For a busy technician, the difference between an easy day and the hard one can be as simple has having access to just the right hand tool to get the job done. Fleet Maintenance caught up with Brian Noel, automotive mechanics technology professor at Cosumnes River College in Sacramento, California, to get his take on the EZRED 8" S-Shaped Quarter Stick.
Q: How did the tool function as far as saving you time?
A: This tool has been a time saver in its intended types of applications. Its size and shape not only help access fasteners within tight confines, but also allow the technician to grip the tool slightly further away than similar products, in an area where hopefully more clearance exists. This allows this tool to save more time in actual use, at least in certain situations, where one might otherwise still be struggling to grip and operate the tool.
Q: How easy was it to use?
A: The Quarter Stick is just as easy to use as any traditional ratchet but provides a unique form factor that can be beneficial for accessing fasteners in tight areas or without a clear line of sight.
Q: What features did you like?
A. The knurled wheel on the backside of each ratcheting mechanism provides an easy way to help manually rotate the socket or bit being used until there is sufficient friction to allow the ratcheting mechanism to work consistently.
Q: Is there any way you could think to improve or add to this tool?
A: The offset built into each end of the tool via its S shape works well in general, but a fixed offset will never work perfectly in every possible application. Having the ability to vary this offset would increase access in certain circumstances, but the additional bulk generated by such a mechanism might outweigh some of the advantages.
Q: What types of jobs/repairs did you use this tool for? Please provide a few specific examples.
A: This tool worked well for accessing A/C compressor hardware in a cramped location between the compressor and the frame rail. It also provided a nice balance between leverage and accessibility for various tasks in tight underhood confines. The tool also worked well for accessing interior trim fasteners located in close quarters, such as screws holding instrument cluster trim where one must work through or around the steering wheel, fasteners on the top of the dashboard with the windshield sloping over the top, etc.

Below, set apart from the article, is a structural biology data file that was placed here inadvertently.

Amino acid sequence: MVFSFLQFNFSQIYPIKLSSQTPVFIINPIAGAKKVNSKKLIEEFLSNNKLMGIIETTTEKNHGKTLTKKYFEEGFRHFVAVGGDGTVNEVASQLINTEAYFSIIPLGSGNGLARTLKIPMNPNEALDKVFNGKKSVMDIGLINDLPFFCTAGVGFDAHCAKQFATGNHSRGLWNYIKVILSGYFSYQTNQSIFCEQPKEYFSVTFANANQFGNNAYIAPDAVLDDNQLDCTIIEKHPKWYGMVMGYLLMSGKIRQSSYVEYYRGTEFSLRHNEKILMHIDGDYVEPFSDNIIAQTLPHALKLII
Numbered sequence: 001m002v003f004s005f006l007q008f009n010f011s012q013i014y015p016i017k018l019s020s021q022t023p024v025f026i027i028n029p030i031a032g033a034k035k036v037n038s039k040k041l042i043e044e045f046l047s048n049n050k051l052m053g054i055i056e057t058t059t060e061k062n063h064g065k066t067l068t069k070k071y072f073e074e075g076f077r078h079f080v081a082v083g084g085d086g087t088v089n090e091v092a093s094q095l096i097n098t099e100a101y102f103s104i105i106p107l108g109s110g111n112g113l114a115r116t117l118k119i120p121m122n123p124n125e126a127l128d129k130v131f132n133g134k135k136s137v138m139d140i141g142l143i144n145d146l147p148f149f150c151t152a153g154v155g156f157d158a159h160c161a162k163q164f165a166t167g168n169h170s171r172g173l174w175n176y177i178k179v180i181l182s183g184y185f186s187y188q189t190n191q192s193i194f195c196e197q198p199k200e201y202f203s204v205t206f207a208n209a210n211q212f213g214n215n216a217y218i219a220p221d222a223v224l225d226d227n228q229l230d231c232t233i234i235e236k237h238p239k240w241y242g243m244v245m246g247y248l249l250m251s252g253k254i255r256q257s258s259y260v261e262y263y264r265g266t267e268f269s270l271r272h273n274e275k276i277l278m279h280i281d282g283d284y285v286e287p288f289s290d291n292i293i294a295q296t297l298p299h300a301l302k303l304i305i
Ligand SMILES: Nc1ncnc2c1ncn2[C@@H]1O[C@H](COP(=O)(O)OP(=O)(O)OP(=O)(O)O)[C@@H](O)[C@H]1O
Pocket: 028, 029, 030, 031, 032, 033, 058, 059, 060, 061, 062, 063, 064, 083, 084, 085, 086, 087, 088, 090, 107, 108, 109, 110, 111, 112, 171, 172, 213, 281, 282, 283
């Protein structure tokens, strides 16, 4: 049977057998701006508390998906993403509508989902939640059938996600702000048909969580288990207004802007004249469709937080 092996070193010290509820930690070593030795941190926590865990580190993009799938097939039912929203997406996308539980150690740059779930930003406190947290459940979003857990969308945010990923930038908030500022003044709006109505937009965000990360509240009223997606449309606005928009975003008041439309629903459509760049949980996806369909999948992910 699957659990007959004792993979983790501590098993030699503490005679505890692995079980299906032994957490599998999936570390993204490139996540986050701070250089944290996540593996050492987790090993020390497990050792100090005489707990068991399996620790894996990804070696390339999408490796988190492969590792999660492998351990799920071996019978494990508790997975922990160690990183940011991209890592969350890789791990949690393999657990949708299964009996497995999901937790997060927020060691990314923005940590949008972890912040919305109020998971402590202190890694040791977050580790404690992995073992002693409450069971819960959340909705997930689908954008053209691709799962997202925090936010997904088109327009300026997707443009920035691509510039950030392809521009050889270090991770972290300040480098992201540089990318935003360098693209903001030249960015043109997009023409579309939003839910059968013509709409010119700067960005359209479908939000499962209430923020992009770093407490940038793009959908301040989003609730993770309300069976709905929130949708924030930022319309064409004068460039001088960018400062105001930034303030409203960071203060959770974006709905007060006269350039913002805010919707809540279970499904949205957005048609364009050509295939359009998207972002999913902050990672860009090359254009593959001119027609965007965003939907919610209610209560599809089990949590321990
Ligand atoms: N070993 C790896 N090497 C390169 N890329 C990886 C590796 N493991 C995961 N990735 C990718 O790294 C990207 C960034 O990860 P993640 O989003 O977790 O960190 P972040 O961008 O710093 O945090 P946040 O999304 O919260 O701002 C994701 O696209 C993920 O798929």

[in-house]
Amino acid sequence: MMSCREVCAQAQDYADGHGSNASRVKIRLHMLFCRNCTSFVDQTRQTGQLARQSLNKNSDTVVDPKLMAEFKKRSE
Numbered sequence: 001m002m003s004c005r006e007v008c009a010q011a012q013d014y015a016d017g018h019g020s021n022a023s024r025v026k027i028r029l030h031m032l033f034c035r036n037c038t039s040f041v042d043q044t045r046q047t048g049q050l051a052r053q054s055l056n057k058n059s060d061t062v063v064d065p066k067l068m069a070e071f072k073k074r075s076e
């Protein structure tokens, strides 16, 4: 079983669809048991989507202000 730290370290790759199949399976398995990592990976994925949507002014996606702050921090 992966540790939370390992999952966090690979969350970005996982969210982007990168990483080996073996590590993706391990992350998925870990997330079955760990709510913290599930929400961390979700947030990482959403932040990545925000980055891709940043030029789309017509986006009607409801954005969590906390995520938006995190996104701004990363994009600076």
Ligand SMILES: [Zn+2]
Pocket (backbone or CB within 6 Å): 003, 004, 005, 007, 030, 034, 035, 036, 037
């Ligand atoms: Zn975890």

Q: How does this tool compare to other tools you’ve used like it?
A: The offset of this tool as well as its length provide advantages in terms of access around obstructions and leverage that are not provided by similar tools.
Q: Is there anything you had questions or concerns about in regard to the tool?
A: The tool doesn’t provide a specification or recommendation of any sort regarding its intended torque capacity. Exhaust work is one of the areas specifically targeted in the tool’s marketing, and while it could certainly be useful in accessing exhaust manifold fasteners, I question its long term durability when used in such an application given that it uses a 1/4” drive ratcheting mechanism that seems as though it may have already been scaled down some from typical dimensions to make the tool more compact.
This product was given to the reviewer free of charge by the manufacturer.